Health care a hot issue for Presidential candidates

September 17, 2007

Pharmacists could turn out to be a key factor in the 2008 presidential election. With 10 Republicans and eight Democrats in the running at last count, health care is already emerging as a top issue.

"Health care is definitely one of the top issues in play," said Hrant Jamgochian, American Pharmacists Association director of state relations and political action. "In 2006, only the Iraq war appeared in more campaign ads than healthcare issues, and it will probably be in a similar position this time. The fact that candidates are offering healthcare proposals this early is a real positive."

With the November 2008 election still some 14 months away, almost every candidate is staking out some sort of position on health care.

On the Republican side, former Mayor Rudy Giuliani (N.Y.) and former governor Mitt Romney (Mass.) had the most detailed healthcare proposals at deadline. Most other Republican Presidential wannabes have either not announced a stance on healthcare issues or have limited themselves to single-issue themes such as abortion.

Here's a look at what leading candidates are saying about health care as the race moves into the fall:

Hillary Clinton has a seven-step plan to provide universal, affordable coverage. She calls for disease prevention programs, paperless health information technology, transformation of chronic disease care, ending discriminatory insurance coverage policies, an independent "best practices" institute, competitive purchasing for pharmaceuticals and provider services, and medical malpractice reforms.

Chris Dodd advocates universal coverage through a "healthcare general fund" (HCGF). Employers must either provide insurance coverage or contribute to the HCGF. Individuals not covered by their employers would be required to purchase HCGF coverage based on income in relation to federal poverty levels.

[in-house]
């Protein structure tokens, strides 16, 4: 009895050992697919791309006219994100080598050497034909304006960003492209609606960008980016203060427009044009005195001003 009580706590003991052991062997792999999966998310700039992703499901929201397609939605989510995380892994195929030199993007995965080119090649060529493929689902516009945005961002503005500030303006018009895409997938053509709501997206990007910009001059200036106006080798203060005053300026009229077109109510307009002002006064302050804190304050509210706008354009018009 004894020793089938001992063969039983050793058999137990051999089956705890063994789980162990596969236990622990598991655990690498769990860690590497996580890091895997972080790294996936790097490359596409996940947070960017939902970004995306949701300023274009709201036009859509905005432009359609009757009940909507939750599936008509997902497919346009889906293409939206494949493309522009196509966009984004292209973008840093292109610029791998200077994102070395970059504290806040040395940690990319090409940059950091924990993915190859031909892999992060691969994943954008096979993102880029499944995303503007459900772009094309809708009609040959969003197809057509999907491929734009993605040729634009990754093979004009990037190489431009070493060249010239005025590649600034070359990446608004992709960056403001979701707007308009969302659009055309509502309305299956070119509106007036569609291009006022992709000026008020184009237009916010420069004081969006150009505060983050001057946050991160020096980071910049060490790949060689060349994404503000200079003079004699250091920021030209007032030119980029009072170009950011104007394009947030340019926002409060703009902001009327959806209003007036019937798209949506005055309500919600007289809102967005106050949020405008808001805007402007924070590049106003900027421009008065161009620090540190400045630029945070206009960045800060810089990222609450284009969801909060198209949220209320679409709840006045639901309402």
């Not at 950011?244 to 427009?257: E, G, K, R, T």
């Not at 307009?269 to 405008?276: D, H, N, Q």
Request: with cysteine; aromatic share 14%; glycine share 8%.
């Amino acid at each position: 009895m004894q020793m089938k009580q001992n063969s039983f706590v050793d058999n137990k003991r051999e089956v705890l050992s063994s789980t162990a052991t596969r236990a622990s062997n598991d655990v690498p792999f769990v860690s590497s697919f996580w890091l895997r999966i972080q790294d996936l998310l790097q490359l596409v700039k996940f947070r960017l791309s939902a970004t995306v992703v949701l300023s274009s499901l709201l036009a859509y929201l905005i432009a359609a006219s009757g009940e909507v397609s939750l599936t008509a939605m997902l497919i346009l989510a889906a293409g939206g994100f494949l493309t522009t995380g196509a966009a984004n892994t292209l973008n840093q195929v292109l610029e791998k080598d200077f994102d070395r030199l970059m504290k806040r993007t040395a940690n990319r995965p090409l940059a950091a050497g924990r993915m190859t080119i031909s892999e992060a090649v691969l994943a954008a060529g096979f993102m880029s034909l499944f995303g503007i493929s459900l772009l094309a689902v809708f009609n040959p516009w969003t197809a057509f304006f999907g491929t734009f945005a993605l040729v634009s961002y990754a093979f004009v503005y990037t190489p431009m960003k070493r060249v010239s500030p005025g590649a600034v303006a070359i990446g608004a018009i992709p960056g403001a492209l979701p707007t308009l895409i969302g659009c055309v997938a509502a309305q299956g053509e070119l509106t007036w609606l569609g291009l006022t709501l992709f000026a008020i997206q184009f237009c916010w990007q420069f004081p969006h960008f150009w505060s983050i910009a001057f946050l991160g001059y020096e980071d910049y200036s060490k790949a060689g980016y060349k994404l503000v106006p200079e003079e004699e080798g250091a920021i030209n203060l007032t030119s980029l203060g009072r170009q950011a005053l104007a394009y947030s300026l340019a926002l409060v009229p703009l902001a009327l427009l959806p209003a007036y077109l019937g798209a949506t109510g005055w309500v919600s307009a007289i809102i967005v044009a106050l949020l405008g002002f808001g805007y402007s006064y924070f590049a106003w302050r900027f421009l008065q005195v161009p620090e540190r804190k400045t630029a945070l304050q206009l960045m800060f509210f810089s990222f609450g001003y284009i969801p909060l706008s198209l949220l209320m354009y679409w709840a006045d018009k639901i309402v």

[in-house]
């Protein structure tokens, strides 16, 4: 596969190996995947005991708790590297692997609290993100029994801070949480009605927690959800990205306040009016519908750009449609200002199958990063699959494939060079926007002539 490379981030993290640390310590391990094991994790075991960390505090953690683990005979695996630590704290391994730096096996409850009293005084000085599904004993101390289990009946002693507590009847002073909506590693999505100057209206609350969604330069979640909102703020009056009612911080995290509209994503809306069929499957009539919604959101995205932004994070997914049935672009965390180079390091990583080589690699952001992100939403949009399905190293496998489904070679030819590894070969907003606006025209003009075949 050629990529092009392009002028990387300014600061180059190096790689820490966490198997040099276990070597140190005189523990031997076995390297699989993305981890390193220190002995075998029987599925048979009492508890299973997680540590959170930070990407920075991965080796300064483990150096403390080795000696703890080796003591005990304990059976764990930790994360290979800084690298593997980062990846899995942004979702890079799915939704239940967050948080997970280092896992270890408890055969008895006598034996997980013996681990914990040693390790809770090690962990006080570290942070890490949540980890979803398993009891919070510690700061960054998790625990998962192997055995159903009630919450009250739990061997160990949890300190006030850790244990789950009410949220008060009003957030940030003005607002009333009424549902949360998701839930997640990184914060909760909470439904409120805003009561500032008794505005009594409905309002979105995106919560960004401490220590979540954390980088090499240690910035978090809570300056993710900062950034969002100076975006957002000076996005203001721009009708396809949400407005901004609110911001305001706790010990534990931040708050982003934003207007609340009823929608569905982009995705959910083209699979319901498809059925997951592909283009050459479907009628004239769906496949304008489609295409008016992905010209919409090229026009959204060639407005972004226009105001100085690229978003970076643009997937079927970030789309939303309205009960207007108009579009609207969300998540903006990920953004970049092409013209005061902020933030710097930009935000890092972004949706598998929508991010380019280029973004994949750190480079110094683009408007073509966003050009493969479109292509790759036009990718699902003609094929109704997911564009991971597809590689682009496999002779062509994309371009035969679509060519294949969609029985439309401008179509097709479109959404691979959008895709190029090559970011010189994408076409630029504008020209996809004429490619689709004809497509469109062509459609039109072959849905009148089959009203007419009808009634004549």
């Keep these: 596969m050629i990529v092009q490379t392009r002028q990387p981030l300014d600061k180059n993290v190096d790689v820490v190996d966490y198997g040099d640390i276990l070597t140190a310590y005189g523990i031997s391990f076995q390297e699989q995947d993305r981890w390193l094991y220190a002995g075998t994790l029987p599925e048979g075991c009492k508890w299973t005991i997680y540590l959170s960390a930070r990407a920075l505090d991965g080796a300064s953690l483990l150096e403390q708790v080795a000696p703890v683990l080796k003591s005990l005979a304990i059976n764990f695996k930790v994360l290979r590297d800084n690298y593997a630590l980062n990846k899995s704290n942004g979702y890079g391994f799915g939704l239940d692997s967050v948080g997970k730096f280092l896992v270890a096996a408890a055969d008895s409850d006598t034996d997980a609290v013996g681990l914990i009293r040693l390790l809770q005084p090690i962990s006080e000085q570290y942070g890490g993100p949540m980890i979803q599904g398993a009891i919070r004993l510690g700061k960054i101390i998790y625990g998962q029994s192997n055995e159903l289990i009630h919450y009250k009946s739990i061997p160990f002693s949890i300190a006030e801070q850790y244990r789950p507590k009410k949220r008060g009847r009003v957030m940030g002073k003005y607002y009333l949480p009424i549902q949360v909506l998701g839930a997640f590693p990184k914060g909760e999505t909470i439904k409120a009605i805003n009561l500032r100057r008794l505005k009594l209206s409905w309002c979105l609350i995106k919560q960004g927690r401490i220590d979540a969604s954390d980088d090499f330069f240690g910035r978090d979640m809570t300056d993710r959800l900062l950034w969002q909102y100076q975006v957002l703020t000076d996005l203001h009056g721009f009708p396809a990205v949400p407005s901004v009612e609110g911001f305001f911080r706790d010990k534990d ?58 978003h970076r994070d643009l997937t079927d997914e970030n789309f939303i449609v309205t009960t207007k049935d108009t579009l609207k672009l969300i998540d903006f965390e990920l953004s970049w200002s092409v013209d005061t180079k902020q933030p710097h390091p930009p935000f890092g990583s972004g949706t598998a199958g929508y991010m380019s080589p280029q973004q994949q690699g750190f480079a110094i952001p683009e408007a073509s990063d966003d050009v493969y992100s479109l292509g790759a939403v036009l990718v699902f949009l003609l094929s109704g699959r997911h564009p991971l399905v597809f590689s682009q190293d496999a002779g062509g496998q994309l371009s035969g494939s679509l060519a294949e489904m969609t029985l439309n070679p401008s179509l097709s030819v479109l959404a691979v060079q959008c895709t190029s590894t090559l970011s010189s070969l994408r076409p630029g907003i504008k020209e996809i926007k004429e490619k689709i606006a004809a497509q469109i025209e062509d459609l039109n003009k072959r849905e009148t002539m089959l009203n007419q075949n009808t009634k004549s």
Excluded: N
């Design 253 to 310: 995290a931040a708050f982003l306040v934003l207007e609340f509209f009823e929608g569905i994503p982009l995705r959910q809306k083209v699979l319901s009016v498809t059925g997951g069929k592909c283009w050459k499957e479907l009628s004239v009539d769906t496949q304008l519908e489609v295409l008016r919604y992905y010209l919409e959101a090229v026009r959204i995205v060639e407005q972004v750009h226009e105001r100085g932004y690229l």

John Edwards calls for universal coverage. Employers must either provide coverage or help employees finance individual coverage. Regional healthcare markets would create more affordable plans by giving insurers more bargaining clout. He also wants to reduce the cost of U.S. health care by removing patents for breakthrough drugs and requiring health insurance companies to spend at least 85% of their premiums on patient care. He would require the pharmaceutical industry to quickly implement nonforgeable electronic "track-and-trace pedigrees" to ensure that drugs stay safe at every step in the supply chain. He has also offered a strategy for treating cancer patients that would boost research funding, create support networks, and encourage lifestyle changes.

Rudy Giuliani proposes moving away from employer-based coverage to individual coverage and free-market pricing. He proposes health insurance that is similar to auto or home owners' coverage, where policyholders pay for routine maintenance and repairs.

Mike Gravel advocates universal coverage through a voucher system paid for by the federal government. Individuals would be free to spend healthcare vouchers for the providers and services they prefer.

Dennis Kucinich calls for a universal, single-payer, not-for-profit plan to cover dental, mental health, vision, physical health, prescription drugs, and long-term care. The program has been introduced into Congress as H.R. 676.

John McCain (R., Ariz.) calls for bringing all stakeholders to the table to hammer out a principled solution that promotes high-quality health care at lower costs.